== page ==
BOSTON (CBS) – The state-run Massachusetts Maritime Academy in Buzzards Bay says safety at sea is a top priority, but the I-Team has found that not everyone agrees, with critics suggesting the academy may be placing its young cadets in jeopardy.
Full-body, waterproof survival suits — also called immersion suits — can stretch survival time in the chilly water off the New England coast from minutes to hours.
They are so effective that every person aboard every cargo vessel that sails in cold water is required to have one in case they have to abandon ship.
WBZ-TV’s Kathy Curran reports
“It’s a matter of life and death,” said Kevin O’Halloran, who has worked 32 years in the maritime industry, 16 of those as a ship captain. “These are one of the greatest things we’ve had on ships for survival, crew survival, over the last 30 years.”
The Coast Guard rewrote its regulations to require survival suits after the Massachusetts-bound cargo ship SS Marine Electric sank in February 1983 and 31 of its 34 crewmen died in icy waters off the coast of Virginia.
One of the sailors who died was a graduate of the Mass Maritime Academy and he’s remembered on a campus memorial.
But the I-Team has discovered that some of the lessons of the Marine Electric disaster aren’t necessarily being applied at the Mass Maritime Academy.
Each year about 600 cadets set sail on a six week mission aboard the academy’s cargo ship, the TS Kennedy. The school provides survival suits for crew and faculty, but not for the cadets.
“The idea that the crew and the officers would receive an immersion suit and the students would not, it just made them seem very second class, very expendable,” said one parent of a Mass Maritime cadet., who agreed to talk only if we hid her identity.
The school is in compliance with Coast Guard regulations, which classify the TS Kennedy as a passenger ship, not a cargo ship, and do not require that each cadet have their own survival suit.
The parent said the cost of immersion suits — between $400 and $600 dollars apiece — is insignificant when weighed against the safety of the cadets. “It seems as if they’re saving money in a very foolish area,” she said.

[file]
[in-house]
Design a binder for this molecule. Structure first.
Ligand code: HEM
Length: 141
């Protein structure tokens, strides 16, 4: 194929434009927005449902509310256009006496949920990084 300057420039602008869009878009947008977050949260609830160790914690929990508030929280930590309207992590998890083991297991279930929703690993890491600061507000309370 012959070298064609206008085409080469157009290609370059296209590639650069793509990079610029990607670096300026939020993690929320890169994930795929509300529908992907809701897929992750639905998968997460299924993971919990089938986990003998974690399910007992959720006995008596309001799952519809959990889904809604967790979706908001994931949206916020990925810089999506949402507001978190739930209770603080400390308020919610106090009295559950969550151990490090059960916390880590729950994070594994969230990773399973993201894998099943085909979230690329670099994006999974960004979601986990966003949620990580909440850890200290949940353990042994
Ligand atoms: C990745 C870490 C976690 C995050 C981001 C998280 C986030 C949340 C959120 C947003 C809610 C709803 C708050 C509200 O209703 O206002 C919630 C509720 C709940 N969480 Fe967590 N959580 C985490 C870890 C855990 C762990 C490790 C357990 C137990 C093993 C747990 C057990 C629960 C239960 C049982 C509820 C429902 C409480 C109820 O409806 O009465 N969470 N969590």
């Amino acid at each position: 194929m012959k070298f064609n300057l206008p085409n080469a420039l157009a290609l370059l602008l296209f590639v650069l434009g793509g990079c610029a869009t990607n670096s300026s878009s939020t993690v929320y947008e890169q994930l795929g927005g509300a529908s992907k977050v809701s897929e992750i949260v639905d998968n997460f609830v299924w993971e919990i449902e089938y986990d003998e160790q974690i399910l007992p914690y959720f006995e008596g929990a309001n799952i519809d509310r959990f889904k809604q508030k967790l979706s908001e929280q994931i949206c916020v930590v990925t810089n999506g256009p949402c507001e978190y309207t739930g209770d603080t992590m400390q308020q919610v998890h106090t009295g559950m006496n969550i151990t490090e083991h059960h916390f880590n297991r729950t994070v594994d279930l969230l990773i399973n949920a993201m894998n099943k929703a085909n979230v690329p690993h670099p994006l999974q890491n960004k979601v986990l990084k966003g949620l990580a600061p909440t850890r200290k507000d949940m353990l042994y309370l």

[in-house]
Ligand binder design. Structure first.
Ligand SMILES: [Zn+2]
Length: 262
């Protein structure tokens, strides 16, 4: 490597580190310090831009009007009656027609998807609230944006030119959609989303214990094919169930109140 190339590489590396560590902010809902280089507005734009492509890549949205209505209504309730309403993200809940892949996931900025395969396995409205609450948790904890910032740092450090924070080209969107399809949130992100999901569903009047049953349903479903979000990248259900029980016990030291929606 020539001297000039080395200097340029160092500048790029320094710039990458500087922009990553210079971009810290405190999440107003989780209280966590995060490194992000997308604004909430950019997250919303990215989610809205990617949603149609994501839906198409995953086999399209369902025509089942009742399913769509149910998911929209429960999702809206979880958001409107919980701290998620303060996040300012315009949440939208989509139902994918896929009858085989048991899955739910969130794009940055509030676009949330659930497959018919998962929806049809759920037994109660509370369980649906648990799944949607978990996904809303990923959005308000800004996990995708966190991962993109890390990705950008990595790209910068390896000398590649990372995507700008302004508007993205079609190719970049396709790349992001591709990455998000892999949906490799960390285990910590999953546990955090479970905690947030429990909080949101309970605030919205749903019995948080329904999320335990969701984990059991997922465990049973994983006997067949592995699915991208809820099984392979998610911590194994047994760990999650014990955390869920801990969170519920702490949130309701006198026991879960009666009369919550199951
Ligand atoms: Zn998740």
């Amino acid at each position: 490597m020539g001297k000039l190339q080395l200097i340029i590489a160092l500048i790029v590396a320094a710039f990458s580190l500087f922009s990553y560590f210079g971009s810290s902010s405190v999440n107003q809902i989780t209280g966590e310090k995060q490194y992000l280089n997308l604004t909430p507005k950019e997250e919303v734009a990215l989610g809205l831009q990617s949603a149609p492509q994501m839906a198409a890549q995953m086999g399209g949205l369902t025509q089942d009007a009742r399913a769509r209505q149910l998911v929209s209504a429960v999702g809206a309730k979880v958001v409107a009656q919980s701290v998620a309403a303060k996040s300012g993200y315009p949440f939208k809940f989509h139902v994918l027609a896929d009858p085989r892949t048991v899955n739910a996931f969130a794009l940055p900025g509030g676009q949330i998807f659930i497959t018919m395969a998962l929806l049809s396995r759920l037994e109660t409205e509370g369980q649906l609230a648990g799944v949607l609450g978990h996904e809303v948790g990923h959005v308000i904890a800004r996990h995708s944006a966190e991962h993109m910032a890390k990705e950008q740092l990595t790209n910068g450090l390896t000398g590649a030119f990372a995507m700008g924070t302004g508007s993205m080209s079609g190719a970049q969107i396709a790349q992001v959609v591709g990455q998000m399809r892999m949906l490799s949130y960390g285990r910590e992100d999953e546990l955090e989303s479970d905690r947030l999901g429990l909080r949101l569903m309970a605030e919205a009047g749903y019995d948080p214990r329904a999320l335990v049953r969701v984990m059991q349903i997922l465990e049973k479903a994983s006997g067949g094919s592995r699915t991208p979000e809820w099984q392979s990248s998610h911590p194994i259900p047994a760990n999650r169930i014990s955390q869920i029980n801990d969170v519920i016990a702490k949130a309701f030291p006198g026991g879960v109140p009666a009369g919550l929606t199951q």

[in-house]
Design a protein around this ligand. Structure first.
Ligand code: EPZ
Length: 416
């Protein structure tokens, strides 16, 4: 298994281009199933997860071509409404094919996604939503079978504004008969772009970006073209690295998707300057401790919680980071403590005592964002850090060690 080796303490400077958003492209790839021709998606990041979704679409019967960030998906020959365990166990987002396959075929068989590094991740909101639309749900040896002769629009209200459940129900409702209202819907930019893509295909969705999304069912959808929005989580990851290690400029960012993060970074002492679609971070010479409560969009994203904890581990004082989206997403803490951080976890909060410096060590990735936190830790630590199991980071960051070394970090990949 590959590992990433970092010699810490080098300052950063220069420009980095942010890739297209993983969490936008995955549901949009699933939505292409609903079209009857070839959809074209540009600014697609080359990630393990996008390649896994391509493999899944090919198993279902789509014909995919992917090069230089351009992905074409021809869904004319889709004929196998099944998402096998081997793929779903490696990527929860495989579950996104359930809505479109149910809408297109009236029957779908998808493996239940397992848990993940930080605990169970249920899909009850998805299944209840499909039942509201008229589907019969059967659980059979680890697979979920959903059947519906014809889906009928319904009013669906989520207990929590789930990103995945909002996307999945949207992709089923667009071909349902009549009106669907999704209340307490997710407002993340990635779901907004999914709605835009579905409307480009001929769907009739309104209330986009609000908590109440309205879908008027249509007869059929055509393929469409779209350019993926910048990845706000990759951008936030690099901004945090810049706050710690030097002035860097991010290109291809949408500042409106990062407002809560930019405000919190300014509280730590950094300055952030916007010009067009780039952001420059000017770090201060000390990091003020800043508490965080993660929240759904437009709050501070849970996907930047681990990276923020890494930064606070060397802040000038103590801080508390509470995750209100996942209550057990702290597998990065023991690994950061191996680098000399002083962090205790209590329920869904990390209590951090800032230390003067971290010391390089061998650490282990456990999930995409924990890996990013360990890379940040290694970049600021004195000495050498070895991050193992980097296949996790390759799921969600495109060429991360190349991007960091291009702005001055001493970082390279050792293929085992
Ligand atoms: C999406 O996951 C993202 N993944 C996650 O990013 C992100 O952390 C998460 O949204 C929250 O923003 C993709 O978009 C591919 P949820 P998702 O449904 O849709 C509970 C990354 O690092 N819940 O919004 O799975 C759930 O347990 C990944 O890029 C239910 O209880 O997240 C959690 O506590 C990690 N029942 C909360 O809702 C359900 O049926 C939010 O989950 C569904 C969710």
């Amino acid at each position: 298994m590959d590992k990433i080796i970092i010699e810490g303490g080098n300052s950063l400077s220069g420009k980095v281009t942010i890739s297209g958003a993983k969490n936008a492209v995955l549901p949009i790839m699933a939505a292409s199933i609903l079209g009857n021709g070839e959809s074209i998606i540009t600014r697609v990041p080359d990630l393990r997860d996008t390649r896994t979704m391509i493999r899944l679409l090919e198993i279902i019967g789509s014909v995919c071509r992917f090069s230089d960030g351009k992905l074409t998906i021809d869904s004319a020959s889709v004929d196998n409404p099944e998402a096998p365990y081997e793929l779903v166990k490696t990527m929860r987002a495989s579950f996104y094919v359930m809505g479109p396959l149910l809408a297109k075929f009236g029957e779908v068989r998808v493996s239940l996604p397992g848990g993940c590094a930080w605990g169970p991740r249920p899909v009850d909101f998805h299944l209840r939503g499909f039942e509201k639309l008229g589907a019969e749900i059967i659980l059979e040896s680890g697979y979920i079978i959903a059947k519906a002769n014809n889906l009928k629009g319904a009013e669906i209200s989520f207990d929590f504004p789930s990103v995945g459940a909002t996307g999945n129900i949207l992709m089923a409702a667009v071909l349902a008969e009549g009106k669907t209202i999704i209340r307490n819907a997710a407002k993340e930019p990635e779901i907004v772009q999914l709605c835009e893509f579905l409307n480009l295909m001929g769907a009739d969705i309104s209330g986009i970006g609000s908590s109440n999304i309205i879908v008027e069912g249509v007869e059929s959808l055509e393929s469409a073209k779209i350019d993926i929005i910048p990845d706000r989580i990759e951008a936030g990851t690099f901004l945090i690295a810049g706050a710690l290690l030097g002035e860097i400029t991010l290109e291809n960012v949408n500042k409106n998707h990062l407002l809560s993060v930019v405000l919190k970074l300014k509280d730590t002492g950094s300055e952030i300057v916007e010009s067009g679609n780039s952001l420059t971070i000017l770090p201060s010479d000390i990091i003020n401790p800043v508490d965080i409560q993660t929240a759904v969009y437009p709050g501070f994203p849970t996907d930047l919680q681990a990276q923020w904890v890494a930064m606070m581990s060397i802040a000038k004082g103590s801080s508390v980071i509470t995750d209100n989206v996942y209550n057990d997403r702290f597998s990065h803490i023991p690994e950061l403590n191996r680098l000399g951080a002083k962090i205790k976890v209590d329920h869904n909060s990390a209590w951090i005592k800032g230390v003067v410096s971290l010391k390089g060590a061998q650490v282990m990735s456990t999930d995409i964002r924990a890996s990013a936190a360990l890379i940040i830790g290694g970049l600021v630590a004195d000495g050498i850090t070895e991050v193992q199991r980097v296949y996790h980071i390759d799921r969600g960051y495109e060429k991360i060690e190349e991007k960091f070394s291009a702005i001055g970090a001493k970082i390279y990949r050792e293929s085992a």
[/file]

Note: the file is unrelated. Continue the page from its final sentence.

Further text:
“I think it’s a poor decision,” said O’Halloran, who graduated from the Mass Maritime Academy and now works as a maritime safety auditor.
“Safety is everybody’s business and if you’re going to have survival suits for one group of people you have to have them for everybody,” he said.
Captain Thomas Bushy, vice president of marine operations at Mass Maritime, defended the school’s policy, emphasizing that the TS Kennedy complies with every Coast Guard safety regulation.
“There’s going to be risk in almost everything we do in life,” Bushy said. “I can’t eliminate every single element of risk on this ship.”
Asked if he would want an immersion suit on board for every cadet, Bushy said: “I don’t think that it adds that level, that increased level of safety. I don’t think it would be worth it.”
Officials at Maine Maritime Academy take a different approach, providing survival suits for every cadet on their annual training voyage. A spokesman said: “It’s our intention to provide the highest degree of safety for everybody on board, no matter whether they’re crew or cadets.”
The other two public maritime academies in New York and California do not provide survival suits for cadets on their training ships.